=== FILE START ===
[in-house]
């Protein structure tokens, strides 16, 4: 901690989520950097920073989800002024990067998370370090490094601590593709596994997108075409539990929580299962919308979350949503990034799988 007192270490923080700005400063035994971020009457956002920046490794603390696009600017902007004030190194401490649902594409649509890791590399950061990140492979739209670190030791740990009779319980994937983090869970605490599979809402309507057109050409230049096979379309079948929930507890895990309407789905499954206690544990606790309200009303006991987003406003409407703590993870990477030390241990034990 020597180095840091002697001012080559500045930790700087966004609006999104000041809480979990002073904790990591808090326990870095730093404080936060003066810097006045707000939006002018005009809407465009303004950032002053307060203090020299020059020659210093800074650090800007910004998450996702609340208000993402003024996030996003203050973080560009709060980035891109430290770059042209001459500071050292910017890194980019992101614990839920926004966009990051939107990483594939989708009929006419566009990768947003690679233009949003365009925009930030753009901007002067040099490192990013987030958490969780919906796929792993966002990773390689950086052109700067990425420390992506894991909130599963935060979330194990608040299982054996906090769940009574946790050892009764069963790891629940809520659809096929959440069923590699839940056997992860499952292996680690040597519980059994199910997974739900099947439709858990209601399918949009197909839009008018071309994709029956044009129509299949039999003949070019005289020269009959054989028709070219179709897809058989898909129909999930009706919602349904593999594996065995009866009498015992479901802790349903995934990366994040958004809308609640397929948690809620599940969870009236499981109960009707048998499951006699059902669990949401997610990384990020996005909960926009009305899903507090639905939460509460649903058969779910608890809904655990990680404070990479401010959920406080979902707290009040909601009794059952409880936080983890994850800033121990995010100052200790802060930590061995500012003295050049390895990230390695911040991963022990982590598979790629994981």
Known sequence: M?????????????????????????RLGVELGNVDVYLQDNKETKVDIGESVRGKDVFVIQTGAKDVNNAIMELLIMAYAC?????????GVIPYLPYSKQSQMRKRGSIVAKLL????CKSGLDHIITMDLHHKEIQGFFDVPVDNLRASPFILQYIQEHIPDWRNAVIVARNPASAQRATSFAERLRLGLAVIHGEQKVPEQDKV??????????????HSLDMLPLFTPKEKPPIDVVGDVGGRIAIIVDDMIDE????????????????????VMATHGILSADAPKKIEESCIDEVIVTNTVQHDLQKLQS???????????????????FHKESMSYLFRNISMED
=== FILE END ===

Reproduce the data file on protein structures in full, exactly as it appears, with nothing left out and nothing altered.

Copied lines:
[in-house]
């Protein structure tokens, strides 16, 4: 901690989520950097920073989800002024990067998370370090490094601590593709596994997108075409539990929580299962919308979350949503990034799988 007192270490923080700005400063035994971020009457956002920046490794603390696009600017902007004030190194401490649902594409649509890791590399950061990140492979739209670190030791740990009779319980994937983090869970605490599979809402309507057109050409230049096979379309079948929930507890895990309407789905499954206690544990606790309200009303006991987003406003409407703590993870990477030390241990034990 020597180095840091002697001012080559500045930790700087966004609006999104000041809480979990002073904790990591808090326990870095730093404080936060003066810097006045707000939006002018005009809407465009303004950032002053307060203090020299020059020659210093800074650090800007910004998450996702609340208000993402003024996030996003203050973080560009709060980035891109430290770059042209001459500071050292910017890194980019992101614990839920926004966009990051939107990483594939989708009929006419566009990768947003690679233009949003365009925009930030753009901007002067040099490192990013987030958490969780919906796929792993966002990773390689950086052109700067990425420390992506894991909130599963935060979330194990608040299982054996906090769940009574946790050892009764069963790891629940809520659809096929959440069923590699839940056997992860499952292996680690040597519980059994199910997974739900099947439709858990209601399918949009197909839009008018071309994709029956044009129509299949039999003949070019005289020269009959054989028709070219179709897809058989898909129909999930009706919602349904593999594996065995009866009498015992479901802790349903995934990366994040958004809308609640397929948690809620599940969870009236499981109960009707048998499951006699059902669990949401997610990384990020996005909960926009009305899903507090639905939460509460649903058969779910608890809904655990990680404070990479401010959920406080979902707290009040909601009794059952409880936080983890994850800033121990995010100052200790802060930590061995500012003295050049390895990230390695911040991963022990982590598979790629994981």
Known sequence: M?????????????????????????RLGVELGNVDVYLQDNKETKVDIGESVRGKDVFVIQTGAKDVNNAIMELLIMAYAC?????????GVIPYLPYSKQSQMRKRGSIVAKLL????CKSGLDHIITMDLHHKEIQGFFDVPVDNLRASPFILQYIQEHIPDWRNAVIVARNPASAQRATSFAERLRLGLAVIHGEQKVPEQDKV??????????????HSLDMLPLFTPKEKPPIDVVGDVGGRIAIIVDDMIDE????????????????????VMATHGILSADAPKKIEESCIDEVIVTNTVQHDLQKLQS???????????????????FHKESMSYLFRNISMED